By doing so, the auto-correlation of such a modified repetitive training sequence will have the opposite sign compared to the unmodified repetitive sequence. The opposite signs can be used to discriminate between e.g. BCCH-TS and ULCH-TS. This discrimination is possible also for TS received with a frequency offset. The offset rotates the auto-correlation, but as long as the rotation does not exceed +/−90 degrees the discrimination is possible, simply by looking on the sign of the real part of the auto-correlation value. In the new communication system frequency off-sets up to 240 kHz may occur. With an auto-correlation offset D=16, the rotation would be less than 70 degrees. The discrimination properties are also preserved when the signal value is clipped, i.e. limited to a max value. This might be the case when receiving a signal with unknown input power level.
By using the modified TS (TS′) only for BCCH-TS it is possible to detect the frame start without false alarms as all other detections are discarded by utilising the discrimination properties of TS and TS′. Other detections may come from other bursts in the MAC frame or from any other system using repetitive preambles.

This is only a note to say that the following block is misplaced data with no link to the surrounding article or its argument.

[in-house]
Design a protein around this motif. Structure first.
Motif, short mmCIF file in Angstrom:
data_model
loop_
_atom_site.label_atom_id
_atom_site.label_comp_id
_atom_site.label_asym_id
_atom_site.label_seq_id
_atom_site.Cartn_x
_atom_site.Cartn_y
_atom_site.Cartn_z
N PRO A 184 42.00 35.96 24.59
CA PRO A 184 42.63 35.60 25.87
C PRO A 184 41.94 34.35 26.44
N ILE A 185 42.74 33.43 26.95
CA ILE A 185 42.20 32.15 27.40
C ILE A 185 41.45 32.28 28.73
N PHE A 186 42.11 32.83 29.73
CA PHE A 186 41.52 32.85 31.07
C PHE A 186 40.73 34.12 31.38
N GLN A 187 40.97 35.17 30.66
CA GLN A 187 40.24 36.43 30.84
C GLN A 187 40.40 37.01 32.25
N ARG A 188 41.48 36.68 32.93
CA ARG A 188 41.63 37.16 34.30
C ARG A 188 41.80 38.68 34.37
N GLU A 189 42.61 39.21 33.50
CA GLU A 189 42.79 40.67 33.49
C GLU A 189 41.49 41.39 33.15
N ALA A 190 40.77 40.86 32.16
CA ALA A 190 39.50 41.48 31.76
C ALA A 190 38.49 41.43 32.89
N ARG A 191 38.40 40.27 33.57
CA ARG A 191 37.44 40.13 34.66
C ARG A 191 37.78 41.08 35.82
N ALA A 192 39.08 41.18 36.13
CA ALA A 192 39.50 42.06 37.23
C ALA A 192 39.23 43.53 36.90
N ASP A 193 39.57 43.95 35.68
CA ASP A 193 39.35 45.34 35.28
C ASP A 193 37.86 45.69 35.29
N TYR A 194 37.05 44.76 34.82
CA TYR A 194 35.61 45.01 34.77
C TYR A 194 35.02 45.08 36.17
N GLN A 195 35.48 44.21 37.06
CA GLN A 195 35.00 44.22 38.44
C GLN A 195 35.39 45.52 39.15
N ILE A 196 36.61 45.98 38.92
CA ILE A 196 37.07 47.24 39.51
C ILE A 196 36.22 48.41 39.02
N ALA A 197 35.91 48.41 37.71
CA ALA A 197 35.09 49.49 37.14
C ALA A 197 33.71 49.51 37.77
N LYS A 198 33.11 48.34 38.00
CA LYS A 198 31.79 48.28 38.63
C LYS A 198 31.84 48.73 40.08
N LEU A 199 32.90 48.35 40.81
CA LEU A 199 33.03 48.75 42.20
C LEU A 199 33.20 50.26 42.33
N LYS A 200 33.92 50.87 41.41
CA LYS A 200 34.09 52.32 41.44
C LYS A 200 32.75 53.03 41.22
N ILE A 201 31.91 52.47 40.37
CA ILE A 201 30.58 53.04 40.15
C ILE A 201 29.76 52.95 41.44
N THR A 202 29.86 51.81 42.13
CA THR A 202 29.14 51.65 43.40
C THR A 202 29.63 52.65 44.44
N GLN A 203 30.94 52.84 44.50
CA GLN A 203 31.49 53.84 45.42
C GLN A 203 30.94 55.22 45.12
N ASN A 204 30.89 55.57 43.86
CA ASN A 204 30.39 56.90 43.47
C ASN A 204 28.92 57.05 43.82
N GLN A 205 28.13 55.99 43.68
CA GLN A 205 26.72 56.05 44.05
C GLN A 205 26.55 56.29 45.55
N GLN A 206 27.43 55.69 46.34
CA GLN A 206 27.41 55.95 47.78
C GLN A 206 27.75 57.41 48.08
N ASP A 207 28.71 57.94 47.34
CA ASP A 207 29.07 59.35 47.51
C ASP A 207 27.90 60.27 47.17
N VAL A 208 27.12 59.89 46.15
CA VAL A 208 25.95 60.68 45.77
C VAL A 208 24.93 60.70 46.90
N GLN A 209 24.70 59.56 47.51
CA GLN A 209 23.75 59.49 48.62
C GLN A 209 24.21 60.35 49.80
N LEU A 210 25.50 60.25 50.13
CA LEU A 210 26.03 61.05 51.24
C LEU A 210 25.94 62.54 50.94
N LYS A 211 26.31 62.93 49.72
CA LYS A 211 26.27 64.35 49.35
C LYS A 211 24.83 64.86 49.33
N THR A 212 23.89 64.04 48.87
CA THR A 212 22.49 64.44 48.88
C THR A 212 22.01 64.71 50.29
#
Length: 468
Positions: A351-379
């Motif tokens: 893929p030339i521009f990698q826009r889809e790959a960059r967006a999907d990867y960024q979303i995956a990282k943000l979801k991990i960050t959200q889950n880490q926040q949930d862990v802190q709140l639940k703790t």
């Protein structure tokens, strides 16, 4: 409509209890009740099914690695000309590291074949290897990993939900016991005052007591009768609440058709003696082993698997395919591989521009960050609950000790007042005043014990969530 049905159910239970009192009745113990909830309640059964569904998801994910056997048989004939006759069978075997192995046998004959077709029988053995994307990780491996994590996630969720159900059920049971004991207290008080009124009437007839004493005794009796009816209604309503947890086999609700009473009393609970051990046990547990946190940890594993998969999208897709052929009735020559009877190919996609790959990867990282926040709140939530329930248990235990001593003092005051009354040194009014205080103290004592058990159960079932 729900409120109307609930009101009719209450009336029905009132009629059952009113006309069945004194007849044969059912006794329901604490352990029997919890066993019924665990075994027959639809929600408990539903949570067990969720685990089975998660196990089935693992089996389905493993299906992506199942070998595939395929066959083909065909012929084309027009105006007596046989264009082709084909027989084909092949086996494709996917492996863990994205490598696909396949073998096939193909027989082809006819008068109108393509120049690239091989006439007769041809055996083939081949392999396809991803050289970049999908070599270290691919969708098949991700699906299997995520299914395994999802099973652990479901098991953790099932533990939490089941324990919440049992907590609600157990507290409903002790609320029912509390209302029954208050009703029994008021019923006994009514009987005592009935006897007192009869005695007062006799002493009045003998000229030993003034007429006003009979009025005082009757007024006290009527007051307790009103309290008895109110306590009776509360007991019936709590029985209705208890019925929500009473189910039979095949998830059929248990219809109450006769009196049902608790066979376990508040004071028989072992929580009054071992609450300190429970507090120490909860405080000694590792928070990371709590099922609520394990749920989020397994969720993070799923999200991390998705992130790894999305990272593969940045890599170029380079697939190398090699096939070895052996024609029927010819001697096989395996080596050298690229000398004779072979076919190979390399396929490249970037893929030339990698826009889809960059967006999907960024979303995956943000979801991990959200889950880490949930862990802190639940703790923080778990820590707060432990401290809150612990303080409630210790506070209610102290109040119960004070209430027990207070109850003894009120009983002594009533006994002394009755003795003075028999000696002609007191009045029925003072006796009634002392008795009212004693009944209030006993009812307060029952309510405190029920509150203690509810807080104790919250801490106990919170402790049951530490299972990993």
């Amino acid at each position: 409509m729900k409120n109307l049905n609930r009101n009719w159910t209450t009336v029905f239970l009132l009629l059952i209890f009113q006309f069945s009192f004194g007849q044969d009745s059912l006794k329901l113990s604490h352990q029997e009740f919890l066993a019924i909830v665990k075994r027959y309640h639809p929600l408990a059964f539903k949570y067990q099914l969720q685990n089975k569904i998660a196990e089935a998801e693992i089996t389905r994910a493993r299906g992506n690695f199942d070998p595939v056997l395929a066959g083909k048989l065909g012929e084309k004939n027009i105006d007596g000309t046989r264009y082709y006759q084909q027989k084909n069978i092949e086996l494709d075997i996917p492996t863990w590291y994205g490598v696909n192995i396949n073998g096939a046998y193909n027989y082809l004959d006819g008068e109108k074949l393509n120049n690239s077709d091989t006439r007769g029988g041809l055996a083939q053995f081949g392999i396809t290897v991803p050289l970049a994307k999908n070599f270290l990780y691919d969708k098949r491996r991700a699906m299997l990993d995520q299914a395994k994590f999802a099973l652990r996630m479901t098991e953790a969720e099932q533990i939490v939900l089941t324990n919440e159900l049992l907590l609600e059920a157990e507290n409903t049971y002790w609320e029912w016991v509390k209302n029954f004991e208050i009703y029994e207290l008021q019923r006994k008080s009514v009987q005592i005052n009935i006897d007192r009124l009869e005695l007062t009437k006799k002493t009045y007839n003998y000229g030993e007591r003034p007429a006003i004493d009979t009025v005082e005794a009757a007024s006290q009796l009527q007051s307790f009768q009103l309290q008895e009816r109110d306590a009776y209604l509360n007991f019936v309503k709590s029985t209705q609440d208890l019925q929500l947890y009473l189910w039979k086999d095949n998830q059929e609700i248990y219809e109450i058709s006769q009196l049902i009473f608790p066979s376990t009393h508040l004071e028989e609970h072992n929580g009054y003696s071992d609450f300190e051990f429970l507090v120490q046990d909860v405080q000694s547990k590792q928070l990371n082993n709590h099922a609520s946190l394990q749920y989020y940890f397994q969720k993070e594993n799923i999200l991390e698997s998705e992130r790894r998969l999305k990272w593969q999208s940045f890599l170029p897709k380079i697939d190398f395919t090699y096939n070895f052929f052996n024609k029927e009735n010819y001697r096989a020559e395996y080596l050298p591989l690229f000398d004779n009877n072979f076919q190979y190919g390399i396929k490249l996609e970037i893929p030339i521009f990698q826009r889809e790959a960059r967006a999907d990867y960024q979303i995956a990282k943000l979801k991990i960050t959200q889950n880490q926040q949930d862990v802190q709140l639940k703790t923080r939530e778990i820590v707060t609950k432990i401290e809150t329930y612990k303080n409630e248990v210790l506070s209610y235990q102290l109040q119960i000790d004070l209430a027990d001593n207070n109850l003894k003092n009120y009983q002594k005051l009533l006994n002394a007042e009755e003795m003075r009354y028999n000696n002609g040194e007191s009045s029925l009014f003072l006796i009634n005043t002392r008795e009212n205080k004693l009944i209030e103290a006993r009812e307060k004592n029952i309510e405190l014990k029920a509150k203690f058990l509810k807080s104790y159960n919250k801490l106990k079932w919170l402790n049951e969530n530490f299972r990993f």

For simplicity reasons, in the following the expressions “sign reversed” and other similar expressions refers to the phase modification applied to the repetitive sequences as described above although the phase modification are not necessarily achieved by a simple sign reversal but a linear increasing phase over the whole TS.
As already mentioned above, in the frequency domain, this modification is equal to a shift of the spectrum by half the distance between the sub-carriers. As an example, starting with every 4th sub-carrier, after the sign change the sub-carrier are shifted by two. Hence the modified spectrum and the original do not overlap and use different portions of the originally allowed spectrum and therefore make it possible to use the PSD more uniformly than previously.
Furthermore the original DC sub-carrier which could not be used is now shifted to a sub-carrier allowed in the new communication system. The result is that there is no additional gap of sub-carriers in the middle of the spectrum of the modified training sequence and hence more frequency diversity can be exploited.